By Emma Silvers
By Gary Moskowitz
By Alee Karim
By Ian S. Port
By Ian S. Port
By Derek Opperman
By Emma Silvers
By Alee Karim
Banned in the Soviet Union for almost half a century, Kote Mikaberidze's 1929 silent movie My Grandmother is a visually striking, often hilarious example of avant-garde Russian filmmaking, inspired by the 1922 Eccentric Manifesto. The picture, named after a slang term for unwarranted dividends garnered from public office, follows the misadventures of a Georgian bureaucrat who loses his job and discovers what it's like to be on the other end of the boodle. Drawing on the gesamkunstwerk ("biomechanics") of the constructivist theater movement -- gesture over speech, architecture over art, organization over personalization -- Mikaberidze uses stark, angular, oversize sets that deftly characterize the still-young Soviet State system that he chose to lampoon. Inside this austere, expressionistic setting, he tosses a cast of wonderfully strange and despondent characters who are, at once, self-important and seriously impotent: an administrator who whiles away the hours by chasing cockroaches with his spit, a paper-pusher who spends the day hurling love letters folded into the shape of airplanes at an indifferent secretary, and a grimy clerk whose job it is to carry memos to the suits sitting around a giant table. And that's just the beginning. The cast, most notably the wild-eyed Bella Chernova (playing our unhappy bureaucrat's wife), is comprised of adept physical comedians who stand up superbly next to Mikaberidze's more adventurous techniques, such as stop motion, puppetry, exaggerated camera angles, and animation, all of which were considered radical, if not anarchic, at the time. Add to this a good smattering of death -- suicide by handgun, near-suicide by hanging, and murder by giant pencil (wielded by the ever-vigilant Communist Youth League) -- and a catchy little maxim ("Death to Red Tape, Messiness, and Bureaucrats!") and you've got yourself a box-office hit. Or a movie that will never see the light of day until the Pacific Film Archive resurrects it with loving care and a lot of help from the Beth Custer Ensemble. Custer's original score -- a pastiche of classical, folk, blues, jazz, and international sounds performed by seven very gifted musicians -- captures the kinetic, off-kilter pace of My Grandmotherwhile plumbing its darker depths and amplifying its humor. The score will be performed live with select narration, tears, and laughter provided by Nils Frykdahl (Idiot Flesh, Sleepytime Gorilla Museum, and Faun Fables) at each showing of My Grandmotheron Friday and Saturday, Nov. 15-16, at 8 p.m. at the Castro Theatre (429 Castro near Market). Tickets are $12; call 621-6120 or visit www.bampfa.berkeley.edu/pfa.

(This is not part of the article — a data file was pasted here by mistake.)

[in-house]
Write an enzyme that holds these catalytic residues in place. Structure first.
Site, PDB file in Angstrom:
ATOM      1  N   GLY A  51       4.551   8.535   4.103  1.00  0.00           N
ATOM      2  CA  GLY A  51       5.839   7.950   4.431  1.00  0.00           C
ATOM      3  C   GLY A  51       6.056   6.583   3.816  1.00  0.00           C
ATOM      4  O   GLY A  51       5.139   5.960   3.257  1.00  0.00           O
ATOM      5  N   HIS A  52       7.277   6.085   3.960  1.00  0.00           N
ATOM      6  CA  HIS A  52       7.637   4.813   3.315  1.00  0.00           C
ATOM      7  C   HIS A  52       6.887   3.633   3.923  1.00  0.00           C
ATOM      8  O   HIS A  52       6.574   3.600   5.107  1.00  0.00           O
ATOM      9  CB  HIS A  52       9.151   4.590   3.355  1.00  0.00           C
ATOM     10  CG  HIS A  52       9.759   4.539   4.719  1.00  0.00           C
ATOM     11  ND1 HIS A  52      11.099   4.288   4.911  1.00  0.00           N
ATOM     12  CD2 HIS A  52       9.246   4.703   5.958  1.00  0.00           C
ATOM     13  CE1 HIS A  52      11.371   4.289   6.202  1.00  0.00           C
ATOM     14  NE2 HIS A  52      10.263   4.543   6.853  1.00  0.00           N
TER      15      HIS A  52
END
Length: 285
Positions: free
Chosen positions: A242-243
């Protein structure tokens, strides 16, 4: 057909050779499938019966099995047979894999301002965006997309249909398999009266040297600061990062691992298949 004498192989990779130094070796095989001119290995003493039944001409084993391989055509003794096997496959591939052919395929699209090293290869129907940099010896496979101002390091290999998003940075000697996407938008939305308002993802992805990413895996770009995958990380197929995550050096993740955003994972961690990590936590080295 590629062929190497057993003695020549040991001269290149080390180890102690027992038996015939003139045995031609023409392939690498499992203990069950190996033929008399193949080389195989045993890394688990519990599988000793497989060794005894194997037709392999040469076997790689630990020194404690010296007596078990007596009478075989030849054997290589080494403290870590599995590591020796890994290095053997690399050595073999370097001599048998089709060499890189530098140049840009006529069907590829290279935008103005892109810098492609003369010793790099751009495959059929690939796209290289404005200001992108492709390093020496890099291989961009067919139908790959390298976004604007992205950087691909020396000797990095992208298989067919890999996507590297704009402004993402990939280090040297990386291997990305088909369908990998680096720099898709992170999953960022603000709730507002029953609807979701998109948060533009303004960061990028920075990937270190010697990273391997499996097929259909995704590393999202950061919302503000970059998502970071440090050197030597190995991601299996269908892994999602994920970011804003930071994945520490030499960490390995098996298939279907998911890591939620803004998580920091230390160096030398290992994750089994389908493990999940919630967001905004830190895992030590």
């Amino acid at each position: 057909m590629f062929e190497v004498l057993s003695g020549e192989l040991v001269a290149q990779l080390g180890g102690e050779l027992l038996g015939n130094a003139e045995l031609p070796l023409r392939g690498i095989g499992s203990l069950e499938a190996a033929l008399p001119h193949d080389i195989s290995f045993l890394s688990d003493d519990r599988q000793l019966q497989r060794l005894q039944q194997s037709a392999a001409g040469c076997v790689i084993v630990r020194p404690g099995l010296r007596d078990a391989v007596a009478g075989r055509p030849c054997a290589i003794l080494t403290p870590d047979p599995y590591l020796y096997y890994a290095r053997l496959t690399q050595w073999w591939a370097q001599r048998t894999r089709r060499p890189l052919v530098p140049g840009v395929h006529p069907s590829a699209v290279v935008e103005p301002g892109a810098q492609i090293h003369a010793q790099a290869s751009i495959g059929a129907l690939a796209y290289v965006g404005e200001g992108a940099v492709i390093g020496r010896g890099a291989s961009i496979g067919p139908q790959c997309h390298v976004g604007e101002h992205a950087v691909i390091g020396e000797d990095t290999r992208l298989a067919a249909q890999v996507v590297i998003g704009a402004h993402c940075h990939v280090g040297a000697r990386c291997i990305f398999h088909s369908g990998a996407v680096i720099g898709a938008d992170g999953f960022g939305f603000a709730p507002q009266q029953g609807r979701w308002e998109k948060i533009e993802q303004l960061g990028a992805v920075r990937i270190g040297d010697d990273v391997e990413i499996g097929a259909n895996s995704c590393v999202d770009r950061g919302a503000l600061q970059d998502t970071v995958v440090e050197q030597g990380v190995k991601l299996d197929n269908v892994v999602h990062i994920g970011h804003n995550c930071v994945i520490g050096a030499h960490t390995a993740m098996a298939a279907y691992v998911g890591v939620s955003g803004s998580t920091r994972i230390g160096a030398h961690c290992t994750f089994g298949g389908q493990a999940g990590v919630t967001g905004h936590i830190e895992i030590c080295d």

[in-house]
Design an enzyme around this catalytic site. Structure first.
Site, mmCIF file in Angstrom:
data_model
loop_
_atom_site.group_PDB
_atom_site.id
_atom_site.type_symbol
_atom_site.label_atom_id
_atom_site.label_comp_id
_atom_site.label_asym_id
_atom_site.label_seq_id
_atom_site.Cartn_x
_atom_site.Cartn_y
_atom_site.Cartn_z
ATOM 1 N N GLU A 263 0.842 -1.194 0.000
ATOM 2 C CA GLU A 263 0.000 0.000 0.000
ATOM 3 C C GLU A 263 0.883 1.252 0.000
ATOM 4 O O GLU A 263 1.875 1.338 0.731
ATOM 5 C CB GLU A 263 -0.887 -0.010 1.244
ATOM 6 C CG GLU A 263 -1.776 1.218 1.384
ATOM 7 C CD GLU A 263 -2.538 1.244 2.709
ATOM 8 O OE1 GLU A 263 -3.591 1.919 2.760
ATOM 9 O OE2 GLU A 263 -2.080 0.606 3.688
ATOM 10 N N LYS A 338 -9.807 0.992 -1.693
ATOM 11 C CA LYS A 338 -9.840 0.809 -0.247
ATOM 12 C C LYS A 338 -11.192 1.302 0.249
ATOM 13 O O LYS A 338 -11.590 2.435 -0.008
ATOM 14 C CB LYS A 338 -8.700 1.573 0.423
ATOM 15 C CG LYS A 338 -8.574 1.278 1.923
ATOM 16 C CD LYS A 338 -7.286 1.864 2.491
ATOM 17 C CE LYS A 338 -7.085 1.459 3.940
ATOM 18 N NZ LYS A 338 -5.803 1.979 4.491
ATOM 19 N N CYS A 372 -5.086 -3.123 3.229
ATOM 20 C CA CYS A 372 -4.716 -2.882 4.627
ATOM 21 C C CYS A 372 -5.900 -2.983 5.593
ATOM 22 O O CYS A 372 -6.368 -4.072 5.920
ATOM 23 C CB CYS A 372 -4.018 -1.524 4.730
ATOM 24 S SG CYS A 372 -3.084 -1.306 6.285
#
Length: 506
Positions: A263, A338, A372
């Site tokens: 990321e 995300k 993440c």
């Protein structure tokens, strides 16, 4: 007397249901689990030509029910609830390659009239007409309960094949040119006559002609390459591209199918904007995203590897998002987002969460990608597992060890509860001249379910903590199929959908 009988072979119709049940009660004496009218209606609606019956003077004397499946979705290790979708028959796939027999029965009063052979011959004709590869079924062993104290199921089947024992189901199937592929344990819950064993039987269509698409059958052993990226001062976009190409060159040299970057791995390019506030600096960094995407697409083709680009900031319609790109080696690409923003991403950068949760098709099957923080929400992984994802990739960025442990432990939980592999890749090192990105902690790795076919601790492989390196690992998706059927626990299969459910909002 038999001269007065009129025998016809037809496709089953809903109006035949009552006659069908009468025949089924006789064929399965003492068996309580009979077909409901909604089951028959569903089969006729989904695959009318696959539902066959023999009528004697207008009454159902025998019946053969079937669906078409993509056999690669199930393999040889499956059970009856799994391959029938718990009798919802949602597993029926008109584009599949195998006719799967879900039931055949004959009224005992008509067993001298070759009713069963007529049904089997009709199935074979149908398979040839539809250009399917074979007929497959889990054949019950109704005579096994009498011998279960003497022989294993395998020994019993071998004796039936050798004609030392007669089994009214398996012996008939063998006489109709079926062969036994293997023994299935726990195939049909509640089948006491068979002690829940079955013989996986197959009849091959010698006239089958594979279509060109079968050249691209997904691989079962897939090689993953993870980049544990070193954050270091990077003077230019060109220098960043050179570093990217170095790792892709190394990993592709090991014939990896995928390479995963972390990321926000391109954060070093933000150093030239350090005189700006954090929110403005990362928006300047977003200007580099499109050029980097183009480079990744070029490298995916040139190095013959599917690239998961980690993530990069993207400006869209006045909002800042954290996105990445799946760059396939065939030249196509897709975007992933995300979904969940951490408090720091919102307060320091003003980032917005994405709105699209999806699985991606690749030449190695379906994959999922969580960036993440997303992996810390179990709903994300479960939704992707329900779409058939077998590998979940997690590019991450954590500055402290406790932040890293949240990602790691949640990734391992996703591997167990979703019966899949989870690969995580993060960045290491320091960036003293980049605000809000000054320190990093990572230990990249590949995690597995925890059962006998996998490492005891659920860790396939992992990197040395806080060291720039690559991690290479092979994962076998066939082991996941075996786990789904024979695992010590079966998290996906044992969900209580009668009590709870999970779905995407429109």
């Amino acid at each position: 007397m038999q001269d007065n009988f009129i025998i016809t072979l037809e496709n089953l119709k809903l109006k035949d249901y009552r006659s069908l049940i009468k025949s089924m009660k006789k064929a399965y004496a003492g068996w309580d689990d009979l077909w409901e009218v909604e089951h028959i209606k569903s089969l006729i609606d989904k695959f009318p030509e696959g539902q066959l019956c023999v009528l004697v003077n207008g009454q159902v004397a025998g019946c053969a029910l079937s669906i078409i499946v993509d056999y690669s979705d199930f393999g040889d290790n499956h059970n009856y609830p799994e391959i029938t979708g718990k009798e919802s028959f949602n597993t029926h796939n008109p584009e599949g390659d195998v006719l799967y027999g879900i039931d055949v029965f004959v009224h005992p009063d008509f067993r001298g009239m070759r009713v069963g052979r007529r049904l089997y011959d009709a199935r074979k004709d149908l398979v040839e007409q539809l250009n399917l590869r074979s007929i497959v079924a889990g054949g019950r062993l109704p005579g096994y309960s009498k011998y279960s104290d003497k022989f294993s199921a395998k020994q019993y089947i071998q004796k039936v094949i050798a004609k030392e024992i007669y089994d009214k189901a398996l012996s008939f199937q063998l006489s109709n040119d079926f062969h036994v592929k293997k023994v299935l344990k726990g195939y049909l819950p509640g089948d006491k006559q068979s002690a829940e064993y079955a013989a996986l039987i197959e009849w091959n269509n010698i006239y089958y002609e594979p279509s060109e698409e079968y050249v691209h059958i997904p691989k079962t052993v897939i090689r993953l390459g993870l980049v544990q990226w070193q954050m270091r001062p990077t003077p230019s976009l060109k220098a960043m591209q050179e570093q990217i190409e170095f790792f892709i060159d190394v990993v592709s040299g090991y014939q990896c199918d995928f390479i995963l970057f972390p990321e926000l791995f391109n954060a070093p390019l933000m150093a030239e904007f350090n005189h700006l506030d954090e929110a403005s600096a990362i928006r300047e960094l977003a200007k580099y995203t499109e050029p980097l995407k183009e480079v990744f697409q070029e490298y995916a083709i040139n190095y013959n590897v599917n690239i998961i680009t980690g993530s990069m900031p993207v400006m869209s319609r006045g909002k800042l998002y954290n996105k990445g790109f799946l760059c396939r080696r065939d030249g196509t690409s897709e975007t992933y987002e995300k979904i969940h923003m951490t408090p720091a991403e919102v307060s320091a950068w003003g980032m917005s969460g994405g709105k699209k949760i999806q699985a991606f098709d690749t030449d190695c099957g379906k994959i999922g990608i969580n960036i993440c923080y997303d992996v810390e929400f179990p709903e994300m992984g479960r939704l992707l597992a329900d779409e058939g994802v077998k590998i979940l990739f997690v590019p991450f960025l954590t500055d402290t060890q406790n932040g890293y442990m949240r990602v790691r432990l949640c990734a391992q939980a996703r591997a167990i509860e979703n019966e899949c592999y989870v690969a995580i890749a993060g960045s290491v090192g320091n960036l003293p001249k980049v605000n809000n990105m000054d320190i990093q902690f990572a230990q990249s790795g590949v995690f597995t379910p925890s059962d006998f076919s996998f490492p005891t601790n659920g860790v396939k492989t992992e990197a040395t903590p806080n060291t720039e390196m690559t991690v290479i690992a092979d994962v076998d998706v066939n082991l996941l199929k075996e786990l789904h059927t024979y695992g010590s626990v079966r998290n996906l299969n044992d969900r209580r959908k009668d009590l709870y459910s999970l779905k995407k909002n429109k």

Combine French chanson, German electronica, Swedish pop, and a well-developed Peter Pan complex; add a sleazy organ-fueled garage-boogie freakout from New Orleans to homemade drum machines and a criminally infectious puppet musical; and what do you get? The best show in town, hands down. Stereo Total, Quintron, and Miss Pussycat perform on Saturday, Nov. 16, at Slim's at 9 p.m. Tickets are $12-14; call 522-0333 or visit www.slims-sf.com.